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Being unable to exercise can be a truly miserable circumstance. It usually happens for reasons which are themselves unpleasant (we’re sick, injured, had surgery, or life is just nuts with commitments and we’ve got no time to tend to our own needs). Additionally, it’s tougher to cope with these stresses when breaking a sweat is your normal stress-relief practice! If you then pile on the feeling of “I’m getting fatter and weaker by the day…” it’s pretty dismal.

But chin up, darling. You aren’t totally powerless here, and I’ll share with you some strategies which can help you get through that time while maintaining as much of your fit body as you can.

Tune into your appetite

You may have noticed your appetite increases when you boost your activity. Work out hard twice a day? You’ll be hungry! Spend the entire day hiking in the Rockies? You’ll be ready for some serious chow when dinnertime rolls around. That same mechanism also works in the opposite direction, only we don’t notice it as much because the absence of hunger is a lot less attention-grabbing than roaring hungries.

When you reduce activity, your appetite will ask for less food. It may not happen the first day, but within 2-3 days it definitely will have adjusted downward. If you continue to eat just like you always did (assuming that was maintenance), and are burning fewer calories now, that’s where you could see weight gain start to happen. So use your hunger to cue you. Start the day with breakfast, and then do your best to not eat again until you’re clearly hungry. Alternately, try planning out your meals in advance if that fits your schedule/life/control addiction and see if when you follow that plan if you are in fact hungry for each meal. If you aren’t, consider taking a bit of food out of the preceding meal.

If you are hungry for each meal, relax. You’re doing well. Just keep your awareness up and let your hunger lead the way.

Note: If you have no appetite because you are sick, eat 3 moderate sized meals a day and don’t worry about it. Hopefully your appetite will come back soon and a few days off will be no trouble at all. This skill is more crucial when someone is facing weeks or even months of decreased training.

Dial back on your carbohydrates

When you reduce activity, you don’t need as many carbohydrates. You don’t have to slash them all, (let’s not get drastic here, OK?) but try dialing back your normal portions of starchy foods to get that hungry-before-each-meal and keeping the same amount of other stuff. The vitamins and minerals in fruits and veggies are important for health, and as we’ll cover in a moment, you want plenty of protein. But you can have less rice, bread, oats, or pasta. Please don’t read that as “Georgie said to stop eating carbs.” That’s BS, you do not need to exercise to “earn” carbohydrate-rich foods. It is however a fact that you just need more of them when you are exercising regularly than when you aren’t. Even with zero activity (laying in bed), I still recommend my clients and patient have a couple servings a day of whole grains or starchy food like potatoes, beans, or squash. It helps keep your intestinal flora happy and varied, aids in gut motility, and provides variety to the diet.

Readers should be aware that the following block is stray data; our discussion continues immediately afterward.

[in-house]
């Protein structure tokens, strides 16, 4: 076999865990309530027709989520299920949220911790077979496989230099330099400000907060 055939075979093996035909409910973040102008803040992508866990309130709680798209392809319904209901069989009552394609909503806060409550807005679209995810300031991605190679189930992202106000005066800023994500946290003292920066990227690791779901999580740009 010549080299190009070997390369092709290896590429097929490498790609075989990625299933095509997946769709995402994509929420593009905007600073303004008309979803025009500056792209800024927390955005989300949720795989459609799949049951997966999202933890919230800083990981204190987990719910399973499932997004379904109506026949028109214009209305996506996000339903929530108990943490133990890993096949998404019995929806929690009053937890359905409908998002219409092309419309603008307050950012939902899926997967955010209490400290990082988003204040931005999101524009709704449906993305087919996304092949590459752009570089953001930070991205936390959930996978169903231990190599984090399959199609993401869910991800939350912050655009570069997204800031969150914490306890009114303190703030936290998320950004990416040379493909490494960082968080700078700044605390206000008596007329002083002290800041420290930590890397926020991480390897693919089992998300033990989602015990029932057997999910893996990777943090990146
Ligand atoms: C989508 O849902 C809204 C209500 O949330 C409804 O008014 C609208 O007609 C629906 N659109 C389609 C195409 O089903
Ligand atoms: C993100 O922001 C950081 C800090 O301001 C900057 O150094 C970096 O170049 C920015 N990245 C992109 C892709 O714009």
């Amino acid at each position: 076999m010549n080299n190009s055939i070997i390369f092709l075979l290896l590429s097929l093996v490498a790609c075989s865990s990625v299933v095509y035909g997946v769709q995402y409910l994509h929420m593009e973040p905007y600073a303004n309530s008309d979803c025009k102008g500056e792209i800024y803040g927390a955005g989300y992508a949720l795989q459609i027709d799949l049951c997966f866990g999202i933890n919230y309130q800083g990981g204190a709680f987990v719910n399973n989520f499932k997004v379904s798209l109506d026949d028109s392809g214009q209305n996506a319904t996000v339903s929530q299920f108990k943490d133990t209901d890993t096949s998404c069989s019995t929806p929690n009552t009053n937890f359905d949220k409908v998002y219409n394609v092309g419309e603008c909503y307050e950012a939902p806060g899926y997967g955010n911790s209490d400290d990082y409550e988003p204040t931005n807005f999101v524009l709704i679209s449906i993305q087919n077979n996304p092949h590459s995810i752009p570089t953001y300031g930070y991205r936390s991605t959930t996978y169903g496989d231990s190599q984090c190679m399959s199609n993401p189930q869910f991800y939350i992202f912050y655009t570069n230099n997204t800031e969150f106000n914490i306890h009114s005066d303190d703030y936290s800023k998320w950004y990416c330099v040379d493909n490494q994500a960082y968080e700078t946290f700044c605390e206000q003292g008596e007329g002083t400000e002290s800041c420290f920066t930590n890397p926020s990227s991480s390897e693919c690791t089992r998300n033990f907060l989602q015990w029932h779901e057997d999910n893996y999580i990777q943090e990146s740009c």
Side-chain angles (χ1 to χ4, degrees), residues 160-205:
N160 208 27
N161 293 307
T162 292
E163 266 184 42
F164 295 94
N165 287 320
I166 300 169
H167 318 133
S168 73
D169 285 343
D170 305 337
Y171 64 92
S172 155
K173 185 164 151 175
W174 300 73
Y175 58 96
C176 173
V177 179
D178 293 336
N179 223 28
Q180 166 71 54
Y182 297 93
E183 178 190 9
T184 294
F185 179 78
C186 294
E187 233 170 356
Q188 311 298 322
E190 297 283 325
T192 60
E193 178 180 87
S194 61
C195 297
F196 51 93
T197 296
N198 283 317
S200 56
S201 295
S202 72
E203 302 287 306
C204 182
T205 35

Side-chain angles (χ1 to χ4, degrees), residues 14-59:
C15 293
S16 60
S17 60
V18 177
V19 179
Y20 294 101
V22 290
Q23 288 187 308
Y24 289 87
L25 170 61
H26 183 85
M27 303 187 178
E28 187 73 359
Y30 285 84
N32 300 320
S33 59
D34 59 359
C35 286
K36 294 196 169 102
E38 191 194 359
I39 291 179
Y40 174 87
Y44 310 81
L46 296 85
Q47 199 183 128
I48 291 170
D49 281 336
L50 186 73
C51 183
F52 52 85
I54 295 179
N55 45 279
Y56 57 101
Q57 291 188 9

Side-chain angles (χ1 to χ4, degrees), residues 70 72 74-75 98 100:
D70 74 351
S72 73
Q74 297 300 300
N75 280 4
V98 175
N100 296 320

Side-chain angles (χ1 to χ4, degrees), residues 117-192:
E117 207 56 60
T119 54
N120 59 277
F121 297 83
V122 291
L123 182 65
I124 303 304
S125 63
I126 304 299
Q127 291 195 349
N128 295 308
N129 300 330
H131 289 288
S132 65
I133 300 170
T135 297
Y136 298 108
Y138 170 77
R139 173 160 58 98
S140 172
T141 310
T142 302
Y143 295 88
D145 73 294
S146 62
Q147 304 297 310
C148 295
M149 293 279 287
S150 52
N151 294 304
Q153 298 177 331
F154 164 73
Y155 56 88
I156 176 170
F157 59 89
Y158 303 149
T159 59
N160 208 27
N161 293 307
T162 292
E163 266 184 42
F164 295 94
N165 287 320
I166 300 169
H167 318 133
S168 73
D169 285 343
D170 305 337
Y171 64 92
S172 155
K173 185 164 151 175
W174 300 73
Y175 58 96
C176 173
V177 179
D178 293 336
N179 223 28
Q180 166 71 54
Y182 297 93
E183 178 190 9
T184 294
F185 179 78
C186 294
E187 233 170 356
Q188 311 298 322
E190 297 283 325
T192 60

Keep your protein intake high

Even if you aren’t lifting weights, a high protein intake can help you retain muscles during a period of inactivity (or less activity). How high? Aim for 2 grams of protein per kilogram bodyweight, or just under a gram per pound you weigh. The source is not important, so feel free to use eggs, meat, chicken, fish, yogurt, cottage cheese, protein powder, or chocolate chip cookie dough Quest bars. Whatever you like will work.

Sleep as much as you can

I know, I know, if you aren’t able to train because of a massive life implosion of catastrophic proportions, sleep ain’t going to happen much either. But if you’re recovering from ACL surgery or the flu, on vacation with no weights, or just have a busted shoulder and have been told to lay off, shuteye is totally doable, and will help with retaining your lean mass. How’s that? Well, we know sleep is a powerful agent in modifying our endocrine system and how our bodies respond to stress. Sleep helps regulate the levels and activity of testosterone, growth hormone, ghrelin and leptin. Reduced time sleeping is one factor that increases stress hormones, a situation which favors breaking down muscle tissue, less insulin sensitivity, and shuttling any excess calories around into visceral fat (belly fat). So it’s well-placed effort to take whatever steps you need to get your sleep. If you’re dealing with illness or injury your immune system and healing will benefit as well.